Sofia () (Bulgarian: София, Sofiya,pronounced [ˈsɔfijɐ]) is the capital and largest city of Bulgaria. Sofia is the 15th largest city in the European Union with population of more than 1.2 million people. The city is located at the foot of Vitosha Mountain in the western part of the country, within less than 50 kilometres (31 mi) drive from the Serbian border. Its location in the centre of the Balkan peninsula means that it is the midway between the Black Sea and the Adriatic Sea, whereas the Aegean Sea is the closest to it.
Sofia has been an area of human habitation since at least 7000 BCE. Many of the major universities, cultural institutions and commercial companies of Bulgaria are concentrated in Sofia. Sofia is one of the top 10 best places for start-up business in the world, especially in IT technologies. Sofia is Europe's most affordable capital to visit as of 2013.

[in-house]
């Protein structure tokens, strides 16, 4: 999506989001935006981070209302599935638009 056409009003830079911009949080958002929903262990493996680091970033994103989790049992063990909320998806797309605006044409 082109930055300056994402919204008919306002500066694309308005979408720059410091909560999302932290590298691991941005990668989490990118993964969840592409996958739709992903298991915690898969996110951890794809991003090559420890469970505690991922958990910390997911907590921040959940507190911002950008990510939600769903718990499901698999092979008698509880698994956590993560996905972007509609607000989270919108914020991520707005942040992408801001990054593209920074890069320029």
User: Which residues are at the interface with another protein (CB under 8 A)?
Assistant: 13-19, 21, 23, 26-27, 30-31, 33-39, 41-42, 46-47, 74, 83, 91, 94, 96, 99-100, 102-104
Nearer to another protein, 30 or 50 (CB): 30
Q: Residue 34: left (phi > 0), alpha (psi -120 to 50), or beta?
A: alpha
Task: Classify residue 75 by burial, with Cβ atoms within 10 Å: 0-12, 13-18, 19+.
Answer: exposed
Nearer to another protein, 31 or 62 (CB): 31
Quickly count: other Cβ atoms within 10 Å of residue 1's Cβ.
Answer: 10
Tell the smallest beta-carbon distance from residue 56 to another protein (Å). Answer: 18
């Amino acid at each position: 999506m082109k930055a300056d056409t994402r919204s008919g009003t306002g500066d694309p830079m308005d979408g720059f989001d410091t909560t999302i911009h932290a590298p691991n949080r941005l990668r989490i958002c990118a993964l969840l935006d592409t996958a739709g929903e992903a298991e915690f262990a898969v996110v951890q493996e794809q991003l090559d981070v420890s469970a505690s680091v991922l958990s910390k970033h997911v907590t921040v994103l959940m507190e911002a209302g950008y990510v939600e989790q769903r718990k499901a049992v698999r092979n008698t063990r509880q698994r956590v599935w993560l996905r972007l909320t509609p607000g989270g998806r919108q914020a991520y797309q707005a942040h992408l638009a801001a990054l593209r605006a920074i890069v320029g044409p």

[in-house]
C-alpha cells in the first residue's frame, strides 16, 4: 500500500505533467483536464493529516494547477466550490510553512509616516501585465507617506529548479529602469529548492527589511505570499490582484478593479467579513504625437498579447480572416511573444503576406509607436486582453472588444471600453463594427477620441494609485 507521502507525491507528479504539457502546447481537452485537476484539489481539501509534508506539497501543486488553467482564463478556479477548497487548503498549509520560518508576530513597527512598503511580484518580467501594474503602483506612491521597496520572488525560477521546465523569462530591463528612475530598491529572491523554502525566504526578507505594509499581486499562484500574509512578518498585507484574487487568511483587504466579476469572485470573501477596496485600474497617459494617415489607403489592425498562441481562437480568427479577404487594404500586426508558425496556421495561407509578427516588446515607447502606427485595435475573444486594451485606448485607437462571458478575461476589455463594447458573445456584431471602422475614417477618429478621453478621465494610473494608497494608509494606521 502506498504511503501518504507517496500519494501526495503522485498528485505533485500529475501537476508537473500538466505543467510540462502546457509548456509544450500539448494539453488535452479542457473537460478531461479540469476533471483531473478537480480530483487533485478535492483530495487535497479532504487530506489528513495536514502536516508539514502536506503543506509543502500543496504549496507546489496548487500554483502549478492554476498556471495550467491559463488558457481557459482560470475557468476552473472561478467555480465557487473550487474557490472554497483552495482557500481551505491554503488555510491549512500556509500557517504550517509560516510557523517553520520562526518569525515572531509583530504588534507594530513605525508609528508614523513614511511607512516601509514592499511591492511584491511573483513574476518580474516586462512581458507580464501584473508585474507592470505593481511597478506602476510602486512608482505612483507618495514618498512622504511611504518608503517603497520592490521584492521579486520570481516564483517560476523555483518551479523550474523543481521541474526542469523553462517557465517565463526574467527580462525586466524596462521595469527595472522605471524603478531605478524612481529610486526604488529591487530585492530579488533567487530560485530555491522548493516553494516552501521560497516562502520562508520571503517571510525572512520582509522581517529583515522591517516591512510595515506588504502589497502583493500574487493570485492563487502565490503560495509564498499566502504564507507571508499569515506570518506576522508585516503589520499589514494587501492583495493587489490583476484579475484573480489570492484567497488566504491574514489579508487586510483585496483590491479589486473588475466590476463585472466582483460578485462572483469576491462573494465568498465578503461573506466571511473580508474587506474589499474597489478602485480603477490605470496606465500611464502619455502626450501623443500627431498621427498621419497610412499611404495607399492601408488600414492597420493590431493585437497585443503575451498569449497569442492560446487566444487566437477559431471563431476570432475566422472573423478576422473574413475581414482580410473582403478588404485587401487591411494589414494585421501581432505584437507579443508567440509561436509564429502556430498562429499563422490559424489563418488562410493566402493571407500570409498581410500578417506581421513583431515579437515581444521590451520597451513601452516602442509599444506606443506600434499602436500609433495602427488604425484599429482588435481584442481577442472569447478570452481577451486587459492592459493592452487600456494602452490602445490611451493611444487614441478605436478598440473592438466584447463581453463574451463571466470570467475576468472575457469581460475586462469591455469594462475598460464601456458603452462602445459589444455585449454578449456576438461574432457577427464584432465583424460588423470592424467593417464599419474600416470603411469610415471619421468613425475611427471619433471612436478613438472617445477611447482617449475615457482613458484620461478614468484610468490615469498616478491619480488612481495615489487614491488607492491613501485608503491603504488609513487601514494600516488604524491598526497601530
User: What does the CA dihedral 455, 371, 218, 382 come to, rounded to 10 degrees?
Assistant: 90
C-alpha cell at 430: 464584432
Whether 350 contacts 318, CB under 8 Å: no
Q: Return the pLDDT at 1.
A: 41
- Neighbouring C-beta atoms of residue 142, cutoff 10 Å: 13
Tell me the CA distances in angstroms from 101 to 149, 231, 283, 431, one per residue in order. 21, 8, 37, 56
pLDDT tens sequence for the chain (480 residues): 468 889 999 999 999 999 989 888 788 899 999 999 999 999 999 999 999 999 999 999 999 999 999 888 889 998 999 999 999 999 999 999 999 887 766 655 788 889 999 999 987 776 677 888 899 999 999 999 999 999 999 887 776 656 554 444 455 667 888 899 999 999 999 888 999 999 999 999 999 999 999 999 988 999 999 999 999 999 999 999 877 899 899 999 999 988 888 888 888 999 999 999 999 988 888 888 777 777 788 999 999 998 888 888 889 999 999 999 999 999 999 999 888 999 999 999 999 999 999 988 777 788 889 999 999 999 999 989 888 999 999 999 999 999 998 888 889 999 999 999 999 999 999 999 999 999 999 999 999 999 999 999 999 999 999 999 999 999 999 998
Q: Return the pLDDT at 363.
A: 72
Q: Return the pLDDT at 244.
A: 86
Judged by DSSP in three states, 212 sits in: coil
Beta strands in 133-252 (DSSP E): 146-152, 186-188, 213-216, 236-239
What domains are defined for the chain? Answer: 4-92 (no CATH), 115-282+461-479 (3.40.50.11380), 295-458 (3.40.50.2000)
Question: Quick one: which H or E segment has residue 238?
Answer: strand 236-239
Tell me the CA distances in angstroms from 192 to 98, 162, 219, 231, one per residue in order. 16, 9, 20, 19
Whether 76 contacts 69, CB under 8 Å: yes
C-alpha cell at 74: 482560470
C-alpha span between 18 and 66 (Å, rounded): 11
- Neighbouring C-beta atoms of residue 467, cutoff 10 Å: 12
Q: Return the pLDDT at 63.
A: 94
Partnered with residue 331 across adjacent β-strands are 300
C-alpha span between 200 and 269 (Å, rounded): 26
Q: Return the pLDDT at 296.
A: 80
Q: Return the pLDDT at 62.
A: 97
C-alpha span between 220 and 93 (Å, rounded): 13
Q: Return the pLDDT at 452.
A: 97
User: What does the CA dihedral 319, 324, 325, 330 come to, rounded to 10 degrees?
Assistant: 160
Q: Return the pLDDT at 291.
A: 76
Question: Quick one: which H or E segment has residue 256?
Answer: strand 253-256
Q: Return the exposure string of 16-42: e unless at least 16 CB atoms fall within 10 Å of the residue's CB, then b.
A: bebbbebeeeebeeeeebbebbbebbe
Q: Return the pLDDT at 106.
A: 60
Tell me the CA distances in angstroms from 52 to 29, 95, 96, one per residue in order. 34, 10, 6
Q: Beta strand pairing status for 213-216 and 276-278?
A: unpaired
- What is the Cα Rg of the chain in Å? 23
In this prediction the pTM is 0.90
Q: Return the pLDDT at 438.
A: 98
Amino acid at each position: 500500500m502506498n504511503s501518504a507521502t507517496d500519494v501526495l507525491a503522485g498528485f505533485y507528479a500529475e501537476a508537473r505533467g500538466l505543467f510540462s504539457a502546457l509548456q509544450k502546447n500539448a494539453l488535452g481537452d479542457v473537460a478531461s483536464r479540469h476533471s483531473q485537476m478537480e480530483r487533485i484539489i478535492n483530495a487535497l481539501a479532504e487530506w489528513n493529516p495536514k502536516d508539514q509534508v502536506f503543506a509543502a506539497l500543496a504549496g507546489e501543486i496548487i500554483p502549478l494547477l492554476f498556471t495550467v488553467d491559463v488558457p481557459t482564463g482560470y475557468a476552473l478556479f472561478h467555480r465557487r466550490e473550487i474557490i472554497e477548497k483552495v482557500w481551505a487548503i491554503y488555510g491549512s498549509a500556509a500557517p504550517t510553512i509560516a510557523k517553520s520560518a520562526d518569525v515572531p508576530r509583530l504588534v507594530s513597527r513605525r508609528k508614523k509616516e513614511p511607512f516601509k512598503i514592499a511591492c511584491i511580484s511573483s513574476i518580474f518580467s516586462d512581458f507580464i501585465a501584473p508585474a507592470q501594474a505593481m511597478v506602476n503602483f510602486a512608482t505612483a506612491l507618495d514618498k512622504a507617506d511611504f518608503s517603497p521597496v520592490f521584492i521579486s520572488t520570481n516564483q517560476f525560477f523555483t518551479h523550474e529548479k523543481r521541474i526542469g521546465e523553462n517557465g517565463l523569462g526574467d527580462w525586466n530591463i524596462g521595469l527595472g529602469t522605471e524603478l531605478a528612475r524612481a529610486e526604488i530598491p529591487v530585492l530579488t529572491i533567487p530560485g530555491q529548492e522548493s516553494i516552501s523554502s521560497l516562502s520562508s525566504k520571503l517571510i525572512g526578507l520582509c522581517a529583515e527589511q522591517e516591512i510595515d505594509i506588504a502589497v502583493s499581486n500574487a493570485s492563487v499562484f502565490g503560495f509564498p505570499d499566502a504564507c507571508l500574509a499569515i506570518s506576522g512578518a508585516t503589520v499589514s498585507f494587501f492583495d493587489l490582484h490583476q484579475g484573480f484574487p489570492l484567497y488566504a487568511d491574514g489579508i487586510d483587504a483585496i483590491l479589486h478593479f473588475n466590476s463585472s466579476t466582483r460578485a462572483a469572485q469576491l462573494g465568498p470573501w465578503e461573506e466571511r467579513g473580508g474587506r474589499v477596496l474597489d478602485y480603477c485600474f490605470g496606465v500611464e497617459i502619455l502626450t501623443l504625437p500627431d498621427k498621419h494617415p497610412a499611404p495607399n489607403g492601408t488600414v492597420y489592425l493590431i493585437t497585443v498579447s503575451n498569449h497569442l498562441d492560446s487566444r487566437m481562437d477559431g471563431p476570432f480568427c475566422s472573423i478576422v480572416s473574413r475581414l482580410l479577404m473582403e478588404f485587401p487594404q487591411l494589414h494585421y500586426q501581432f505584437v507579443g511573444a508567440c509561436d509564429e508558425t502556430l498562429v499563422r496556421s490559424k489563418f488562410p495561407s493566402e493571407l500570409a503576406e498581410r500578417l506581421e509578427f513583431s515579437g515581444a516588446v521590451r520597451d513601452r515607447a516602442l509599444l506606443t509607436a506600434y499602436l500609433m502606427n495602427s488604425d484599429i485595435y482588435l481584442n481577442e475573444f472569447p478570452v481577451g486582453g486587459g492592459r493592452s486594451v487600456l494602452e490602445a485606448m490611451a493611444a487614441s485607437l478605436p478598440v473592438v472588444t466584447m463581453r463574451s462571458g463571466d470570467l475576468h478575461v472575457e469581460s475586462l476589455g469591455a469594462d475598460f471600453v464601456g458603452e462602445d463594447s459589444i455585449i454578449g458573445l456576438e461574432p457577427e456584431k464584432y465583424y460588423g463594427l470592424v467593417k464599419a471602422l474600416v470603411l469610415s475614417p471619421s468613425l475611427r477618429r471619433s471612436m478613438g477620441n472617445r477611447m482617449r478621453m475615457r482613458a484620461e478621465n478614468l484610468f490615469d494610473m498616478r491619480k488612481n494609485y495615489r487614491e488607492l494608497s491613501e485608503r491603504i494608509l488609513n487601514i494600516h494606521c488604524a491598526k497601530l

For the longest time the city possessed a Thracian name, derived from the tribe Serdi, who were either of Thracian,Celtic, or mixed Thracian-Celtic origin. The Serdi and the name of emperor Marcus Ulpius Traianus (53 – 117 AD) prompted the Romans to give the city the combinative name of Ulpia Serdica; Ulpia is derived from an Umbrian cognate of the Latin word lupus, meaning "wolf."
It seems that the first written mention of Serdica was made during his reign and the last mention was in the 19th century in a Bulgarian text (Сардакіи, Sardaki). During the Romans civitas Serdenisium was mentioned the "brightest city of the Serdi" in official inscriptions. The city was major throughout the past ever since Antiquity, when Roman emperor Constantine the Great referred to it as "my Rome", and it nearly became his capital.